Discolored (Intrinsically stained) teeth Etiology: Any tooth which is

Discolored (Intrinsically stained) teeth
Etiology: Any tooth which is not the normal color from the inside is considered intrinsically
stained. The discoloration in these cases is coming from the pulp/dentin complex. The main
reason for this to occur in dogs is blunt trauma of sufficient force to cause pulp hemorrhage, but
not enough to fracture the tooth. However, there is often no history of trauma and this can
happen for other reasons. The extravasated blood is forced into the dentinal tubules where it
degenerates. A tooth stained by degenerating blood products following pulp hemorrhage
appears pink immediately after the injury, eventually becoming darker brown or gray. (Figures 1
& 2). Although dental pulp does have the ability to heal after injury, the vast majority of
discolored teeth are non-vital. Once the tooth becomes non-vital, it often becomes infected via
the blood supply in a process known as anachoresis. Once the tooth becomes infected, it acts as
a bacterial fortress allowing the bacteria to infect the entire body.
Figure 1: Intrinsically stained canine
Figure 2: Intrinsically stained maxillary P4
Diagnosis: Clinical observation is diagnostic. Dental radiographs should be exposed to
determine the condition of the roots. Non-vitality is evidenced by a change in the width of the
endodontic space or periapical lucency. A larger root canal diameter (Figure 3) than the
contralateral tooth indicates pulp necrosis. Radiographic evidence of a smaller diameter root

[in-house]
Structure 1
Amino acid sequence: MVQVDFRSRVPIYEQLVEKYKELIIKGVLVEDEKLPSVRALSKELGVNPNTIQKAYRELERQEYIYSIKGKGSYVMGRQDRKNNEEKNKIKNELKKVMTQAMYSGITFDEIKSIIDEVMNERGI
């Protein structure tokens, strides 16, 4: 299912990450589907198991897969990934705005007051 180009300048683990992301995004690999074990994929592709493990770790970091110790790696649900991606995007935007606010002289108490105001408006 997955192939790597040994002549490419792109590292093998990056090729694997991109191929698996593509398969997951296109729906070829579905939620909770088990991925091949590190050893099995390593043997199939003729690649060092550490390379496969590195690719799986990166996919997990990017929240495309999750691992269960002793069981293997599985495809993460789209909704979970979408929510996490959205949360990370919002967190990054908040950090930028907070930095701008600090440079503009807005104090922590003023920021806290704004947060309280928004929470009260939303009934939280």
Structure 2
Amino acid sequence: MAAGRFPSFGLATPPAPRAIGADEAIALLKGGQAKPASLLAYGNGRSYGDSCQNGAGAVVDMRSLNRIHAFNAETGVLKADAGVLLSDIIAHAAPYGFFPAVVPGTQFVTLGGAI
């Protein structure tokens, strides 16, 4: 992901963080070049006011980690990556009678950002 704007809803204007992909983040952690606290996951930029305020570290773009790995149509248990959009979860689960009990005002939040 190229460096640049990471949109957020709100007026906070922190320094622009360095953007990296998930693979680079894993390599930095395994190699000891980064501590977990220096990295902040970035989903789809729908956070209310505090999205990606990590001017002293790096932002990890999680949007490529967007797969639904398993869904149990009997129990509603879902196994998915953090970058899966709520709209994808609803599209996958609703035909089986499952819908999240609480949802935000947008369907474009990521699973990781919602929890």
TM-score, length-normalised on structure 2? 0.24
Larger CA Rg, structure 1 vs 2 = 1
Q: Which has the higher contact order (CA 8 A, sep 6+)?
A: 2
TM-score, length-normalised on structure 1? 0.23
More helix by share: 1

canal space than the contralateral tooth indicates generalized pulpitis. Periapical lucency is
evidence of endodontic infection causing bony resorption. (See figure 3) However, normal
radiographs do NOT mean that the tooth is not dead and infected (see below).
Figure 3: Radiographic evidence of non-vitality of the teeth in figures 1 (a) and 2(b).
These teeth have been non-vital for a significant period of time as evidenced by the widened endodontic
system (blue lines). There is secondary infection as shown by th eperiapical rarefaction (red arrows).
Discolored teeth are generally irreversibly inflamed or necrotic and should be treated with root
canal treatment or extraction. Some will argue that the lack of radiographic changes indicates
that the tooth has responded to the insult and is vital. However, we now know that radiographs
are not very specific for diagnosing infected teeth. This is for several reasons:
 40-60% of the bone must be lost before it is appreciated radiographically
 The endodontic system changes very gradually in older pets
 Animals have a very good immune system to keep infected teeth at bay.
This has been shown in a 2001 study by Hale where only 40% of intrinsically stained teeth have
radiographic signs of endodontic disease. However, when physically examined, 92.7% were
non-vital and infected. In our experience (over 1000 cases), ALL discolored teeth are non-vital
and infected. For larger teeth such as canines and carnassial teeth, root canal therapy is the
treatment of choice. (Figure 4) For small teeth such as incisors and premolars, extraction is a
viable alternative, but root canal therapy is also indicated if the client wishes to save the tooth.
Figure 4: (a) extracted mandibular canine and maxillary P4 in a large breed dog demonstrating the
size of the roots. (b) Post-operative root canal.